First Prize Winner of Long Term Project | World Press Photo 2020
A photojournalistic photograph’s intent is to inform and educate, and eventually, fuel the commencement of necessary reparations. Since 1955, the World Press Photo Awards has been an instrumental force in this arena, by bringing harrowing stories of terror, as well as those of hope and resilience. These stories scream vociferously of the world’s apathy against its citizens, that we need to do better. The foundation has announced the winners of the contest on its online channels on the 16th of April. Here is a look at the photographs from the 63rd edition of the awards.
First prize: Romain Laurendeau, France
Kho, the Genesis of a Revolt: Young people make up more than half of Algeria’s population, and according to a UNESCO report 72% of people under 30 in Algeria are unemployed. Pivotal moments in Algerian history, such as the ‘Black October’ revolt of 1988, have had angry youth at their core. Black October was harshly suppressed—more than 500 people were killed in five days—and was followed by a ‘black decade’ of violence and unrest. Thirty years on, the effects of that decade are still present. In a traumatized country, high unemployment leads to boredom and frustration in everyday life and many young people feel disassociated from the state and its institutions. In neglected working-class neighbourhoods such as Bab el-Oued in Algiers, young people often seek refuge in diki—private places that are ‘bubbles of freedom’ away from the gaze of society and from conservative social values. But the sense of community and solidarity is often not enough to erase the trials of poor living conditions. In February 2019, thousands of young people from working-class neighbourhoods again took to the streets in what became a nationwide challenge to the reign of long-time president Abdelaziz Bouteflika.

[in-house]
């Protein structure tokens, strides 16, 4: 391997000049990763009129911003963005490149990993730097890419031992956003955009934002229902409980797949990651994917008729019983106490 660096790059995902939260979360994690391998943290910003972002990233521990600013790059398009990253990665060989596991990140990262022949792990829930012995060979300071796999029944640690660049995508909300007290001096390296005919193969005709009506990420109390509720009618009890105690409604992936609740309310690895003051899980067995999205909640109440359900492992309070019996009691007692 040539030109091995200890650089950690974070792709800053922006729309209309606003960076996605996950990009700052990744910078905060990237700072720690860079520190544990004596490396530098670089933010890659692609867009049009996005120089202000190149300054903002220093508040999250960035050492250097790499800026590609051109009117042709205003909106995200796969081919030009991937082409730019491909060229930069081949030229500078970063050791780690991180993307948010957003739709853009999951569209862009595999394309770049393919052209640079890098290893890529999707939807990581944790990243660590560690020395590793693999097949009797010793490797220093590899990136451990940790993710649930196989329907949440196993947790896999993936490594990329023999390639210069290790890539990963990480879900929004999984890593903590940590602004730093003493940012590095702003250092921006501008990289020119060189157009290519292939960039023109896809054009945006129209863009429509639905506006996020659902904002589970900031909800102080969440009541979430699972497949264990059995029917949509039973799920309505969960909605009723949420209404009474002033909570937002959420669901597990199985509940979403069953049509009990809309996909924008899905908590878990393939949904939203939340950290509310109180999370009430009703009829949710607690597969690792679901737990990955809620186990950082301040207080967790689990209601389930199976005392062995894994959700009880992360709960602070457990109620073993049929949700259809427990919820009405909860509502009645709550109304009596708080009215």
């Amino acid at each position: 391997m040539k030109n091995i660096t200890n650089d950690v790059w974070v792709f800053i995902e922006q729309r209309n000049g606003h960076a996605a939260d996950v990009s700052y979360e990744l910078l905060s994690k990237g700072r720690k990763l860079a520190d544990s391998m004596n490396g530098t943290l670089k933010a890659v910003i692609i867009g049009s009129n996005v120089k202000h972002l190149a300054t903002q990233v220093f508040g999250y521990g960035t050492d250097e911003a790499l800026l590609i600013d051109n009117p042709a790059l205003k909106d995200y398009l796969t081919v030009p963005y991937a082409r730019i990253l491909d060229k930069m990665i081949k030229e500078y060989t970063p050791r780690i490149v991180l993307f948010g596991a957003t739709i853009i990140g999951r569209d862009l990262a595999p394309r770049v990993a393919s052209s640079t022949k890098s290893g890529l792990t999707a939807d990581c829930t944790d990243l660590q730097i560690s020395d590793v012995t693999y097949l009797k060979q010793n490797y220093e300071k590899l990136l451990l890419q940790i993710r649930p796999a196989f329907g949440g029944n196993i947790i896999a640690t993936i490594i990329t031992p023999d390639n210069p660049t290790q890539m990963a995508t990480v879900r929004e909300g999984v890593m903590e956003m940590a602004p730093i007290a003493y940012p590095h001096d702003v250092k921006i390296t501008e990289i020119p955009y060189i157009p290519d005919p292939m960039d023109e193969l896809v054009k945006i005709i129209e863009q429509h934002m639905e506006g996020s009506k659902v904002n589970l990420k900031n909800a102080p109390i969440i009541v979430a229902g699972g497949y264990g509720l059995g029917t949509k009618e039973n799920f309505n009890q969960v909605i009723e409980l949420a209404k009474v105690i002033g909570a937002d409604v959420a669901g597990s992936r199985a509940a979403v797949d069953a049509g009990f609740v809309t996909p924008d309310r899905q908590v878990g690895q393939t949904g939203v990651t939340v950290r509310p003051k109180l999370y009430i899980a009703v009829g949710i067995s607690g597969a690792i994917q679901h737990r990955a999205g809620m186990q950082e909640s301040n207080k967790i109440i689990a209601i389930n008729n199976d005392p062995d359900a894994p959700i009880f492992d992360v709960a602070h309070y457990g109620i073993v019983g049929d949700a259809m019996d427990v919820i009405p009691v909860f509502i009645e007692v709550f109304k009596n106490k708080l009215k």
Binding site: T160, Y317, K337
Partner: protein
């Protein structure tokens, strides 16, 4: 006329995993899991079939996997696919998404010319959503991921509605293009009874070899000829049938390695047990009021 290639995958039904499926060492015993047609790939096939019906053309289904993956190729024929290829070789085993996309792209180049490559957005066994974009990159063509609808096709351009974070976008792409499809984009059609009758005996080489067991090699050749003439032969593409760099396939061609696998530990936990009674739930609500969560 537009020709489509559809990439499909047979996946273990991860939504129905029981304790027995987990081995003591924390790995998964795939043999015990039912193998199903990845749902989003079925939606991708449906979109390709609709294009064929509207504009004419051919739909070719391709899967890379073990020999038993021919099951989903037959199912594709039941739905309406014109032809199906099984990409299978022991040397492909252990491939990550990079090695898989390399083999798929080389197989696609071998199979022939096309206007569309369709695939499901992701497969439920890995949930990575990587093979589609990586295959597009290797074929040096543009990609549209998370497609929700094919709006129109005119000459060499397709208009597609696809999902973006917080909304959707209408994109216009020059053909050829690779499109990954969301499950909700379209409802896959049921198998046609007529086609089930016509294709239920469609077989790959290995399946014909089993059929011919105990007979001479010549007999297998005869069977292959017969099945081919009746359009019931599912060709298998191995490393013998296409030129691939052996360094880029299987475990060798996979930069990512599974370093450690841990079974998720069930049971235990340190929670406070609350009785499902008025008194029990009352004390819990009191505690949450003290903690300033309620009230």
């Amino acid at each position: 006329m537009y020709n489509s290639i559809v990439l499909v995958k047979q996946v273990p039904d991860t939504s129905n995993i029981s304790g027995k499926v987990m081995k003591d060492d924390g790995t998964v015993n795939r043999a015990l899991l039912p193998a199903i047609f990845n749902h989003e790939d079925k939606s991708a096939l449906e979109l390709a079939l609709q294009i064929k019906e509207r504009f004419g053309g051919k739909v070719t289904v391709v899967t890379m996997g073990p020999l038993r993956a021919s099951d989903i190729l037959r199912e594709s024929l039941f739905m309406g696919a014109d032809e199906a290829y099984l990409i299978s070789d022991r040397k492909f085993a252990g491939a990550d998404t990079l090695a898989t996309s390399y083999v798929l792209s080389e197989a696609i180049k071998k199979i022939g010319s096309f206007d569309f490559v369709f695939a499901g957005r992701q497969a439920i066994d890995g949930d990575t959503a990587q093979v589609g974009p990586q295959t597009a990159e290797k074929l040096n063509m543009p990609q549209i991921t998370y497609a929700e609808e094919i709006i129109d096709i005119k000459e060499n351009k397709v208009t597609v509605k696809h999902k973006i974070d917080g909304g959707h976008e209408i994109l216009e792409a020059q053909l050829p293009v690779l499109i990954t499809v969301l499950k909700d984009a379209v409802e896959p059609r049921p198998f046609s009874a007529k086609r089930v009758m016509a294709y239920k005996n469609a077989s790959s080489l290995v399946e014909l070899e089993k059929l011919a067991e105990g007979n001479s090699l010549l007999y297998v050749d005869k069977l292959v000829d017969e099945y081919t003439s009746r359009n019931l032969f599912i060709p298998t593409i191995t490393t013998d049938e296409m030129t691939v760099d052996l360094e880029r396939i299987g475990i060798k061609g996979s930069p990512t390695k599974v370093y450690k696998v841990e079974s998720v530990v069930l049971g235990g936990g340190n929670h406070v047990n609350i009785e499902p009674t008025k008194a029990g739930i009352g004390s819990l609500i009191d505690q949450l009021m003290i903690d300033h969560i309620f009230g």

Kho (the word means ‘brother’ in colloquial North-African Arabic) is about the genesis of a revolt. It is the story of the deep unease of youth, who, by daring to challenge authority, inspired the rest of the population to join their action, giving birth to the largest protest movement in Algeria in decades.
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